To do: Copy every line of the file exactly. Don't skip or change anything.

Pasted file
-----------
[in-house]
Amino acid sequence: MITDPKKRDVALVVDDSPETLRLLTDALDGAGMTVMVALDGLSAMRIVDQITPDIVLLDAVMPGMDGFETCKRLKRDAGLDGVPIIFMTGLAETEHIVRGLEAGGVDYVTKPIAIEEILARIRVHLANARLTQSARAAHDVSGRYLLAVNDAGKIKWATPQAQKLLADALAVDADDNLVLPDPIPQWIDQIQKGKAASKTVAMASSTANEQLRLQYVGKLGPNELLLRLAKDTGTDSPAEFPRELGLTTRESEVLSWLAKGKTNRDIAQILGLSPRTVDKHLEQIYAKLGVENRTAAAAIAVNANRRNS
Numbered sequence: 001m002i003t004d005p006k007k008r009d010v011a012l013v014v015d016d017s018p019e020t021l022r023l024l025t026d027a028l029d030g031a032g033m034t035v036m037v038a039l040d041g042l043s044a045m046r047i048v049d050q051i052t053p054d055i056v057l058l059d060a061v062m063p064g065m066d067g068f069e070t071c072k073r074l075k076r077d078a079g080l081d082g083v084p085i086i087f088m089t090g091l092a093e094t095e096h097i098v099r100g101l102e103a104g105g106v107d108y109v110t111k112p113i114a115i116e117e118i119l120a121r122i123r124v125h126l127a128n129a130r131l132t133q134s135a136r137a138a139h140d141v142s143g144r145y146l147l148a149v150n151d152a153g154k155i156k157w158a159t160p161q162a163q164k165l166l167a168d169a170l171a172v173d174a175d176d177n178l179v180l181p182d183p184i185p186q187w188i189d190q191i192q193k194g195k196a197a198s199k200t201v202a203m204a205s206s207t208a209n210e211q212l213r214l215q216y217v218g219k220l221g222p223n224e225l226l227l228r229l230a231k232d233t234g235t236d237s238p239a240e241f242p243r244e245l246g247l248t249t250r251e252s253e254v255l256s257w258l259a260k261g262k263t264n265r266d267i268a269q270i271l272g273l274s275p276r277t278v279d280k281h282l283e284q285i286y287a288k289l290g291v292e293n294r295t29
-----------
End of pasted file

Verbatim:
[in-house]
Amino acid sequence: MITDPKKRDVALVVDDSPETLRLLTDALDGAGMTVMVALDGLSAMRIVDQITPDIVLLDAVMPGMDGFETCKRLKRDAGLDGVPIIFMTGLAETEHIVRGLEAGGVDYVTKPIAIEEILARIRVHLANARLTQSARAAHDVSGRYLLAVNDAGKIKWATPQAQKLLADALAVDADDNLVLPDPIPQWIDQIQKGKAASKTVAMASSTANEQLRLQYVGKLGPNELLLRLAKDTGTDSPAEFPRELGLTTRESEVLSWLAKGKTNRDIAQILGLSPRTVDKHLEQIYAKLGVENRTAAAAIAVNANRRNS
Numbered sequence: 001m002i003t004d005p006k007k008r009d010v011a012l013v014v015d016d017s018p019e020t021l022r023l024l025t026d027a028l029d030g031a032g033m034t035v036m037v038a039l040d041g042l043s044a045m046r047i048v049d050q051i052t053p054d055i056v057l058l059d060a061v062m063p064g065m066d067g068f069e070t071c072k073r074l075k076r077d078a079g080l081d082g083v084p085i086i087f088m089t090g091l092a093e094t095e096h097i098v099r100g101l102e103a104g105g106v107d108y109v110t111k112p113i114a115i116e117e118i119l120a121r122i123r124v125h126l127a128n129a130r131l132t133q134s135a136r137a138a139h140d141v142s143g144r145y146l147l148a149v150n151d152a153g154k155i156k157w158a159t160p161q162a163q164k165l166l167a168d169a170l171a172v173d174a175d176d177n178l179v180l181p182d183p184i185p186q187w188i189d190q191i192q193k194g195k196a197a198s199k200t201v202a203m204a205s206s207t208a209n210e211q212l213r214l215q216y217v218g219k220l221g222p223n224e225l226l227l228r229l230a231k232d233t234g235t236d237s238p239a240e241f242p243r244e245l246g247l248t249t250r251e252s253e254v255l256s257w258l259a260k261g262k263t264n265r266d267i268a269q270i271l272g273l274s275p276r277t278v279d280k281h282l283e284q285i286y287a288k289l290g291v292e293n294r295t29